• Notification: An affected data controller or processor must notify their supervisory authority of leak within 72 hours and notify all affected parties “without delay” (Articles 31, 32)
Long-term, blockchain and distributed ledger might be the solution for GDPR. However, current solutions pose some threshold questions. For example, the right to be forgotten is the right to have your data removed upon request; if you have an immutable (unchangeable) ledger, does that conflict with GDPR? Companies also have an obligation to protect personally identifiable information that is within their purview as a “Data Controller.” Will personally identifiable information ever be permissible on the blockchain due to risk that the network will have access to the details?
Given these constraints, we think GDPR is a great example of where Craxel's Digital Trust Platform can solve some key issues.
For example, as a result of our pervasive compartmentalization and granular data protection, data controllers and processors will be able to satisfy regulatory requirements with respect to the rights of individuals, including the right to be forgotten, without a negative impact to their existing business processes. In addition, they will be able to take advantage of the benefits of distributed ledger technology and still adhere to the GDPR. (Note: There is an argument to be made that specific user data “to be forgotten” can easily be queried in its encrypted state, and “forgotten” by simply destroying the decryption key. However, there is no definition in the GDPR of “erasure of data” so it’s unclear whether destroying the encryption keys which encrypts personal data would be acceptable as “erasure of data” under GDPR).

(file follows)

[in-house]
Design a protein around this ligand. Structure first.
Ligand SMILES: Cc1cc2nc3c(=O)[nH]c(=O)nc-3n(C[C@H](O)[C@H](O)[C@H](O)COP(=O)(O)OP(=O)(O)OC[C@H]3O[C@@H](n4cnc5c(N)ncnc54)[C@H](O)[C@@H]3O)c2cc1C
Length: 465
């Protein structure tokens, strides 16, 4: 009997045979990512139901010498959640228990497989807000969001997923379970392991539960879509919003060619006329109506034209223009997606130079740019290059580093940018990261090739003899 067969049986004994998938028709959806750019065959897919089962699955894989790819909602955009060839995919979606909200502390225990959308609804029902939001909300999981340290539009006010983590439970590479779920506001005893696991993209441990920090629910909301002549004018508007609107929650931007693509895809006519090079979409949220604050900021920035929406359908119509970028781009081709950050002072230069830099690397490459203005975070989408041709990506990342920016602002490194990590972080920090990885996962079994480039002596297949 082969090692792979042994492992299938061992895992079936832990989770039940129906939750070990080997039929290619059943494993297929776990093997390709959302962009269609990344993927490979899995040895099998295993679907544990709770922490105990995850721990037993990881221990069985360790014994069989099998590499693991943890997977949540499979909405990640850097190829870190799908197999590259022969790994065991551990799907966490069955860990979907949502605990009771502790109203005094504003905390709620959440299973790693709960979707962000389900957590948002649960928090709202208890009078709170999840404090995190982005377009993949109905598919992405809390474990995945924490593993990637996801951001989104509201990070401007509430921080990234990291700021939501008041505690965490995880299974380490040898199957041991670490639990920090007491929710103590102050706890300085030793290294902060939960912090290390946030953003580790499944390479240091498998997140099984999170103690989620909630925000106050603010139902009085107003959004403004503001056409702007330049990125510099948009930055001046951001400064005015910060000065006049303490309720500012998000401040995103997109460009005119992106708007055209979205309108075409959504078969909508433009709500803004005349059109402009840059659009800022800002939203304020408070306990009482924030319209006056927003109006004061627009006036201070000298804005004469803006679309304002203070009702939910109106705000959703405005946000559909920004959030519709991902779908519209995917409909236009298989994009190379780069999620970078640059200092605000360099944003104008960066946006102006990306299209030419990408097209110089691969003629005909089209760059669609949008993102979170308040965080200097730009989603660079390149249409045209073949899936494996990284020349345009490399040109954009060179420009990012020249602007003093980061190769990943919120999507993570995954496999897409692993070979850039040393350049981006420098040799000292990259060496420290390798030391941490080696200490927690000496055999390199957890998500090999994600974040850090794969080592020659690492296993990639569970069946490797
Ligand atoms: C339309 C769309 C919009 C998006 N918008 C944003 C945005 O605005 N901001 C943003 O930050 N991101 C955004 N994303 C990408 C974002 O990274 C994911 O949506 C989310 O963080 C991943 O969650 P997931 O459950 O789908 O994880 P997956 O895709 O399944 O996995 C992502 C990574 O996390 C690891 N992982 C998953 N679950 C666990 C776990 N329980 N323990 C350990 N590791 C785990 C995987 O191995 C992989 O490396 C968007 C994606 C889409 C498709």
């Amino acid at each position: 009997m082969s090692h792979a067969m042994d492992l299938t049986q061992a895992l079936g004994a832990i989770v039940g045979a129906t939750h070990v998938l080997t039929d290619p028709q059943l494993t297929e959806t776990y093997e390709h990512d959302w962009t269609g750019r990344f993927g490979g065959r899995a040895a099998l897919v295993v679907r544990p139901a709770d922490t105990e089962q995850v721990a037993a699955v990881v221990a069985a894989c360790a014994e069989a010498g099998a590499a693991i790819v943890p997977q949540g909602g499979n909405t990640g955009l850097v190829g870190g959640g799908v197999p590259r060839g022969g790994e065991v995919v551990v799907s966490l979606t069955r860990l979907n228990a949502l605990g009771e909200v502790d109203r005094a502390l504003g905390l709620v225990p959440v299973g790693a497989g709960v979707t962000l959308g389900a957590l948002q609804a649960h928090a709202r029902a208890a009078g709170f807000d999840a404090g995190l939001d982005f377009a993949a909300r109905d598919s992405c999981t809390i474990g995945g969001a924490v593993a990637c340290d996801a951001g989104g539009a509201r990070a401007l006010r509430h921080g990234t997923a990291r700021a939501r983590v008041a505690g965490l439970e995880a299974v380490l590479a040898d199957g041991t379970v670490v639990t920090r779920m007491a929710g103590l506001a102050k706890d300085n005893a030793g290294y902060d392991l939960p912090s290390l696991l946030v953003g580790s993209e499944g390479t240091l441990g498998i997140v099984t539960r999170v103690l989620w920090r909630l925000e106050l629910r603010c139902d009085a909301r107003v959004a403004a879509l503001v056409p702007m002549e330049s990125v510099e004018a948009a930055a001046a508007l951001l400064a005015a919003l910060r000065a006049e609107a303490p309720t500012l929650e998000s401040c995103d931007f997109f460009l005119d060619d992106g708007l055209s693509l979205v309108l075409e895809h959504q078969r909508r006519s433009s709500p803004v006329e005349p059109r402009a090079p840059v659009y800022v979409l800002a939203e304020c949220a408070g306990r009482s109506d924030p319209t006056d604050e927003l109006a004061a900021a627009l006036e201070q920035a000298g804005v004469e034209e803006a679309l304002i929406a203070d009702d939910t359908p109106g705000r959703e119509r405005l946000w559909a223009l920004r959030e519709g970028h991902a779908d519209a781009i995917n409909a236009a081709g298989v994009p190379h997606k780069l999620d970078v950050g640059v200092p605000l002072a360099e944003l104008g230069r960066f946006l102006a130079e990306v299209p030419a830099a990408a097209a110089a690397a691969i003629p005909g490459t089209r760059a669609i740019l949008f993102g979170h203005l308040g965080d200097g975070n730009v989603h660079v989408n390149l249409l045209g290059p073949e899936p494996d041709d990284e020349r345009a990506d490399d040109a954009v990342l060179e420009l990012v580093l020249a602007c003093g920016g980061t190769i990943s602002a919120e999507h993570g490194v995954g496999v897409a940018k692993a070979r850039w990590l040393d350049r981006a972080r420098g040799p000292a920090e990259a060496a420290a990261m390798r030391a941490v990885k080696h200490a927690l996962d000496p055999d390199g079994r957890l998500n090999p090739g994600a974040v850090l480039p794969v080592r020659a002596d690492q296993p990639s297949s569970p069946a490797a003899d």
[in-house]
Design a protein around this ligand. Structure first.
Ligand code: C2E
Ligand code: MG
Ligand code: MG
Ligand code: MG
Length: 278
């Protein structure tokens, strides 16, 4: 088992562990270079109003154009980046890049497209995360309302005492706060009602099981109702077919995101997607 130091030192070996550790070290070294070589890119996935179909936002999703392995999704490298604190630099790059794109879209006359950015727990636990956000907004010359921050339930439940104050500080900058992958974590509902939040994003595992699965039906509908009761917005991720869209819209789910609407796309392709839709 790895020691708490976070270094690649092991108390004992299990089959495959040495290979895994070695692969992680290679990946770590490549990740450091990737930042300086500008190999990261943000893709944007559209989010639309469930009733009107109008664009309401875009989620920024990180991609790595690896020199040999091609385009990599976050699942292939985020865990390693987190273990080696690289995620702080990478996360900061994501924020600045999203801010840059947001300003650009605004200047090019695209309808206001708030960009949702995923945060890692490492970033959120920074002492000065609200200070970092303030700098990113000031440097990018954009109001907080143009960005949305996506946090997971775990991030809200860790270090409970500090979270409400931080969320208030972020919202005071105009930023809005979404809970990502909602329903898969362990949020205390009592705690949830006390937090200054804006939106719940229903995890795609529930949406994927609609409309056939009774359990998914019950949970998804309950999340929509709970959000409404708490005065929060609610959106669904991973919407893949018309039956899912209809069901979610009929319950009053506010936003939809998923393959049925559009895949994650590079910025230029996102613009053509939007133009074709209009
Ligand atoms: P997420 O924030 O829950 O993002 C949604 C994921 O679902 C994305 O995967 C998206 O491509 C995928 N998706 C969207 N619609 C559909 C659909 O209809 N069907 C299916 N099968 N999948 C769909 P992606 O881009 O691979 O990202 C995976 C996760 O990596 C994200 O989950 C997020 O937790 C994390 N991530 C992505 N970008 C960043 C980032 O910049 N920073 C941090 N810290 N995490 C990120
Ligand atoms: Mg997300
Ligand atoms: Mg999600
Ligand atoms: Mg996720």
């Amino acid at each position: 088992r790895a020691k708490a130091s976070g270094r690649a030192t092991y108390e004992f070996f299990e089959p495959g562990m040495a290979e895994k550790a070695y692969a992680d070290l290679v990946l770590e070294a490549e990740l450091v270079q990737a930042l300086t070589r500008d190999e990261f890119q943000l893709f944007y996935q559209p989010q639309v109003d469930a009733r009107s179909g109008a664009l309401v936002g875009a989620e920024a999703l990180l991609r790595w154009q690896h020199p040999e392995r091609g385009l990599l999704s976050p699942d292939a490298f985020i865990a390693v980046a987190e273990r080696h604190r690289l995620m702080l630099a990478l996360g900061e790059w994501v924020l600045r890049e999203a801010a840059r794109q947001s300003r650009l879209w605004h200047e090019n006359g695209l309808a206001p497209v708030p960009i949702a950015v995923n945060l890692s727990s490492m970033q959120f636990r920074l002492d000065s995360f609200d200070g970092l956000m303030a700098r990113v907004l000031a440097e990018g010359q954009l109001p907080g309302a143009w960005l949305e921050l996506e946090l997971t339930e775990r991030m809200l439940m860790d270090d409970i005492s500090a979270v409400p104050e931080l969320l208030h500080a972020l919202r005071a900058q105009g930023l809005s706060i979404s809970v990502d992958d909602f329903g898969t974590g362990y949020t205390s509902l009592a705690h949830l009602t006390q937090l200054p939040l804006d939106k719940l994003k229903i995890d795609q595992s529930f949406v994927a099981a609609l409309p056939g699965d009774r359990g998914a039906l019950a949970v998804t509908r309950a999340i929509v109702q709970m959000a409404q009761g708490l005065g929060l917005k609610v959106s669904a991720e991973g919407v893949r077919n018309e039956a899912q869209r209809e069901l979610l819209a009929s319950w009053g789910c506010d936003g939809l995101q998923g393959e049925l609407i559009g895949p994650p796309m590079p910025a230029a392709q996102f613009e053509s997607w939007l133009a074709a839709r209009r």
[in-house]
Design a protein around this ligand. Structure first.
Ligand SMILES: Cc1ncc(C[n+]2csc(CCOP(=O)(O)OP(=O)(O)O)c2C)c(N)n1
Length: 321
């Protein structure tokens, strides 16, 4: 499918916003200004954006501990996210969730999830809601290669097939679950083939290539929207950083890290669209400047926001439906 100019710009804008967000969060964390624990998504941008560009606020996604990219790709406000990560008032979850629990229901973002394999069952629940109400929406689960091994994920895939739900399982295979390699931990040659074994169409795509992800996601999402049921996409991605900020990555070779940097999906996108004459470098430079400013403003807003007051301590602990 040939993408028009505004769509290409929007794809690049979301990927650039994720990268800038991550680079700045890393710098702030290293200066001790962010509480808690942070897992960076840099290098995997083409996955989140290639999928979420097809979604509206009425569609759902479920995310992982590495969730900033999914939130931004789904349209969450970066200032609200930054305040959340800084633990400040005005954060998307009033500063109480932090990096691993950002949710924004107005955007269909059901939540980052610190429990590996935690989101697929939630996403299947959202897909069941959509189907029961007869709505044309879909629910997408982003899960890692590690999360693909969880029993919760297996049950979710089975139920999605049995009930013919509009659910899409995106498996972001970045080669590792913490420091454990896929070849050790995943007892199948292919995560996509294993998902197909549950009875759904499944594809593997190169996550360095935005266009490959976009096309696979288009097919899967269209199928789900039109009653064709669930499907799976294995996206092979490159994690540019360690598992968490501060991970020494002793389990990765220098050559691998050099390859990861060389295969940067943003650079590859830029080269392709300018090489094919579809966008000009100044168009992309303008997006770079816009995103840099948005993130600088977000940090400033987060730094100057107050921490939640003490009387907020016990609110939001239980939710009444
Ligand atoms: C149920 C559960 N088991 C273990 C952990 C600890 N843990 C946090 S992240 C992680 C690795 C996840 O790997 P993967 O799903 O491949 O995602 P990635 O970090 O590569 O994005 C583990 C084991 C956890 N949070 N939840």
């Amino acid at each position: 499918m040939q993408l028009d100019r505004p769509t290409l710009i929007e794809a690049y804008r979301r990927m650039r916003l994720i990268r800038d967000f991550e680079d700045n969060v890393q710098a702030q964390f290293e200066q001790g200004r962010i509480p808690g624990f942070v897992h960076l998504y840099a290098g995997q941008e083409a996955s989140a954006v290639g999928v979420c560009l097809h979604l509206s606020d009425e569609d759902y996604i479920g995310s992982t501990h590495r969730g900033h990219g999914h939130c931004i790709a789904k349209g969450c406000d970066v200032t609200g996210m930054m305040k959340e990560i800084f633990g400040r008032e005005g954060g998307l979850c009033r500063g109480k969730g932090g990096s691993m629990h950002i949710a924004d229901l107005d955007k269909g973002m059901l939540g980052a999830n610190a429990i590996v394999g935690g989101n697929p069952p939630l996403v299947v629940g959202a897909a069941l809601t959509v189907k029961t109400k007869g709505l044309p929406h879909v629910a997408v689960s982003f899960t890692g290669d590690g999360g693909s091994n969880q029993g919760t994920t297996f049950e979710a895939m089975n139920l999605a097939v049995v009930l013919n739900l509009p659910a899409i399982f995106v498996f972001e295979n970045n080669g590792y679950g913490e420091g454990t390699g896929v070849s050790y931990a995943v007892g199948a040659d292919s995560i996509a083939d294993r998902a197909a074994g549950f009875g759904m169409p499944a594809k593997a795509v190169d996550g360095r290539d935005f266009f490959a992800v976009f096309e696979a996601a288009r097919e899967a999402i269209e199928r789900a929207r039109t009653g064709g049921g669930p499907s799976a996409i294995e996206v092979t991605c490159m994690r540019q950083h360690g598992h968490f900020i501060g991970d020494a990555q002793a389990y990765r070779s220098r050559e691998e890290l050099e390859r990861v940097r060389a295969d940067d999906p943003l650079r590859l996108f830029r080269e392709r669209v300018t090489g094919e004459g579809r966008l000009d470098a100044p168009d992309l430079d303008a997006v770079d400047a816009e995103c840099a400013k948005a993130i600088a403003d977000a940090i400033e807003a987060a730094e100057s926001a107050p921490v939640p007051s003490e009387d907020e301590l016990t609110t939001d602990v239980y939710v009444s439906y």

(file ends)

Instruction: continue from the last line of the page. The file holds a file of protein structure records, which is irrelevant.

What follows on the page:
Records of processing activity are also easily accommodated under the BFDL architecture. BFDL supports millions to billions of independent trustless and immutable ledgers, providing the ability to store granular provenance and data interaction events on a massive scale. Under traditional blockchain systems, this simply isn't feasible because of the privacy, security, latency, throughput and scalability problems.
Finally, searchable encryption provides relief from the notification requirements as per Article 32 because decrypted data is never present. In the unlikely event that an attacker could access the strongly encrypted data stored in Black Forest Database or Black Forest Distributed Ledger, they would only see cipher text and would not have access to the encryption keys.
Whether enterprises are ready for it or not, there is an emerging paradigm shift around data control. GDPR is one of several emerging examples of how a Digital Trust Platform - efficiently securing and exchanging the world's data - can uniquely deliver a seamless revolution in data protection.
This summary of EU regulations is not intended to provide legal advice regarding such regulations or any other applicable laws regarding the matters addressed above. Please consult appropriate counsel for any such advice.